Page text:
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Glimpses of the light

by
11 October 2013

Richard Harries views paintings by the late Norman Adams

photos © the estate of norman adams

Challenge to excessive consumption:Azrael at the Feast, 1992, by Norman Adams

Challenge to excessive consumption:Azrael at the Feast, 1992, by Norman Adams

NORMAN ADAMS (1927-2005) had a successful career as an artist and teacher, ending up as Keeper of the Royal Academy. During his lifetime, he was probably best known for his paintings inspired by the countryside in Yorkshire and the island of Scarp in the Outer Hebrides.

Since his death, however, he has become increasingly recognised as a painter of profound spiritual significance. Indeed, it now emerges from his son Ben Adams that religious themes were a daily preoccupation.

Guildford Cathedral has mounted the first exhibition of some of these works, mostly never shown in public before. The Raising of Lazarus was a theme that Adams returned to many times in life. And Lazarus Saw the Light in the current exhibition brings to mind the final Station in the remarkable Stations of the Cross that Adams did for St Mary's, Mulberry Street, in Manchester, in which resurrection is conveyed through a garden in full flower.

It also takes up the theme of the Tree of Life, familiar from traditional Christian iconography Lazarus catches a glimpse of the uncreated light and life of eternity before being thrust back into the twilight of this world.

A. S. Byatt saw a thread of sadness running through the works of Adams, and they do often relate to a current political concern, such as the "disappeared" in Argentina; but what is more remarkable is that, like Thomas Hardy's thrush, they often convey "Some blessed hope whereof he knew and I was unaware". The image that Adams uses, above all, for this is a butterfly, and it appears here even in Azrael at the Feast. This is a challenging story about death standing behind our excessive consumption and violence; and yet, remarkably, it would seem that Adams did not want us to think of this as the final word.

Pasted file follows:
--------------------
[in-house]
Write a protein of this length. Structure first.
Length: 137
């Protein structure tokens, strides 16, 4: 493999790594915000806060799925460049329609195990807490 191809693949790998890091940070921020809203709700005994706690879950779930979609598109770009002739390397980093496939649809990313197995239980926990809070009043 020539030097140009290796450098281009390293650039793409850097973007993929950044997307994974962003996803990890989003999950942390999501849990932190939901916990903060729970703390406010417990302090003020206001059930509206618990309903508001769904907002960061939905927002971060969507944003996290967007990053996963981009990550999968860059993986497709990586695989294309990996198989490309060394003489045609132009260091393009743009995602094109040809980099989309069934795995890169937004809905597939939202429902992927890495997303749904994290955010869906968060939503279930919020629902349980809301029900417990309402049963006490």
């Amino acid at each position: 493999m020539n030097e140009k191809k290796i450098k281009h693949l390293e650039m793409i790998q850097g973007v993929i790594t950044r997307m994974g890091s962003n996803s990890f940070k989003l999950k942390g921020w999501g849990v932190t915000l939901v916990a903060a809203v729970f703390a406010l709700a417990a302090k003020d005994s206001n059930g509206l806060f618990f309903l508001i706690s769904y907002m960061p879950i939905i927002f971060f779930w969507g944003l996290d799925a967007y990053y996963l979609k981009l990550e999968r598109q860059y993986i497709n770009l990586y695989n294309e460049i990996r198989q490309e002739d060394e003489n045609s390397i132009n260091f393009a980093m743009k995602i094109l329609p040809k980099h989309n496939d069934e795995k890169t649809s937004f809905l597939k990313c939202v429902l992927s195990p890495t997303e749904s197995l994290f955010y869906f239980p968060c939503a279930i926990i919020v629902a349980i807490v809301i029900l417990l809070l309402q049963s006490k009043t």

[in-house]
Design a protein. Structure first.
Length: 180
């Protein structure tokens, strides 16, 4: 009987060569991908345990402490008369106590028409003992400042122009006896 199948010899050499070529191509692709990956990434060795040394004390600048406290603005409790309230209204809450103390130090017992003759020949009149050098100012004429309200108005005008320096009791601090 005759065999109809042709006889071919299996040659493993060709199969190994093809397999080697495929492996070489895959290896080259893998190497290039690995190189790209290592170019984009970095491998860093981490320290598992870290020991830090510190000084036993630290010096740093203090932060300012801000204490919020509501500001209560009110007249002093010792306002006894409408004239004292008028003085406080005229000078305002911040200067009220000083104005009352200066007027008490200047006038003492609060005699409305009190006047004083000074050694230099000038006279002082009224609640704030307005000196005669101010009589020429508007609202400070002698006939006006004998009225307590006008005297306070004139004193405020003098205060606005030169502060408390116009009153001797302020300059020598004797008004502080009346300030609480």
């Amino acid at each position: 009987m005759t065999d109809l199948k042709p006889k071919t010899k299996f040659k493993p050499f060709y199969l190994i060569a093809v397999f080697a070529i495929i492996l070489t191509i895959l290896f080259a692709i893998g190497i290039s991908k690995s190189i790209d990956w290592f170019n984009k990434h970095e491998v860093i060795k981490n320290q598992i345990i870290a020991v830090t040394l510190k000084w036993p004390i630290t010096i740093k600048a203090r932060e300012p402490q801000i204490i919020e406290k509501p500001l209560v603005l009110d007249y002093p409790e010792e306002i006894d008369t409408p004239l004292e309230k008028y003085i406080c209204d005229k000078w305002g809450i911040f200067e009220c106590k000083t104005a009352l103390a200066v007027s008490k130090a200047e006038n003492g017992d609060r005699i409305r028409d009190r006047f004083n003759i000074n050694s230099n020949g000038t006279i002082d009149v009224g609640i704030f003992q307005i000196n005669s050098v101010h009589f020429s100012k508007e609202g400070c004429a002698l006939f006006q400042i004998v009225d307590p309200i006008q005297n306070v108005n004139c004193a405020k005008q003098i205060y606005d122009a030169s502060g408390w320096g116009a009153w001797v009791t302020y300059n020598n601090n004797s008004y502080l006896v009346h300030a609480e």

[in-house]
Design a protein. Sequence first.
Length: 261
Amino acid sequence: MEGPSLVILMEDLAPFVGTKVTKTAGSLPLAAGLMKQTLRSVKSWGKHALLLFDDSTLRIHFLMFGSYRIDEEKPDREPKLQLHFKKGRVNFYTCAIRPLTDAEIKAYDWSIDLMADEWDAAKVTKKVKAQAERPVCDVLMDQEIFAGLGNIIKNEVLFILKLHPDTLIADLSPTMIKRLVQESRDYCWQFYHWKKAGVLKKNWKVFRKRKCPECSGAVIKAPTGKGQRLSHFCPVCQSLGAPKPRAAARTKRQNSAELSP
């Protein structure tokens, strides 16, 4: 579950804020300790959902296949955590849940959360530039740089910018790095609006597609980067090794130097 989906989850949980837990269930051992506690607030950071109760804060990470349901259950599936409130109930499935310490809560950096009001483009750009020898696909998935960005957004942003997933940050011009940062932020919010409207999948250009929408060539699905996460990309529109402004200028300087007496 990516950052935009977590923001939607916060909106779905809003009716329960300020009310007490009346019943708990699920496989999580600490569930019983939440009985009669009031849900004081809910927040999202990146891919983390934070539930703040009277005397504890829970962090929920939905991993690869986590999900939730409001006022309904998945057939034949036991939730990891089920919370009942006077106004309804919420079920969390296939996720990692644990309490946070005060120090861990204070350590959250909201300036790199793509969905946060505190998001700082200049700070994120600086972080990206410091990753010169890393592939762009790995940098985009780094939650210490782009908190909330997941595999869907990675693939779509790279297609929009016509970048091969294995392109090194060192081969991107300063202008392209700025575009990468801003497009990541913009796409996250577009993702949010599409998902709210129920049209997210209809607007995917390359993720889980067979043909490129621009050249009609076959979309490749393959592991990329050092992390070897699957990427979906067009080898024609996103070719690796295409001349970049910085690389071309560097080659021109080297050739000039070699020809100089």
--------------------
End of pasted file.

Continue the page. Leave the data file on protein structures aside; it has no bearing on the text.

Above all, it was colour that mattered to Adams, and through which he shared his vision. He may also have seen sounds, which were equally important to him, as colours. Towards the end of his life, Adams suffered from Parkinson's, and, unable to do oils, concentrated on large watercolours. It is in these that the spiritual dimension is most luminous.

Besides the works in Guildford Cathedral, there is an exhibition of works by Adams in a gallery near by. The works here are mainly landscapes, but, even here, the religious dimension is present, as in his powerful Dark Madonna, one of a series on this theme painted when his mother died. It is a work in which deep grief is held in a wider environment of joyful colour.

These two exhibitions are well worth a visit. We can only hope that this is a first instalment of more to come; for there is is a cache of paintings on religious themes still in store in Adams's old house in Yorkshire.

"Images of God" in Guildford Cathedral and "The Artist is His Environment", a short walk away in the Lewis Elton Gallery, at the University of Surrey, are open until Thursday 24 October. The exhibition in the Lewis Elton Gallery is open Monday to Friday from 10 a.m. to 5 p.m., and weekends by prior appointment (phone 01483 682167; arts@surrey.ac.uk).

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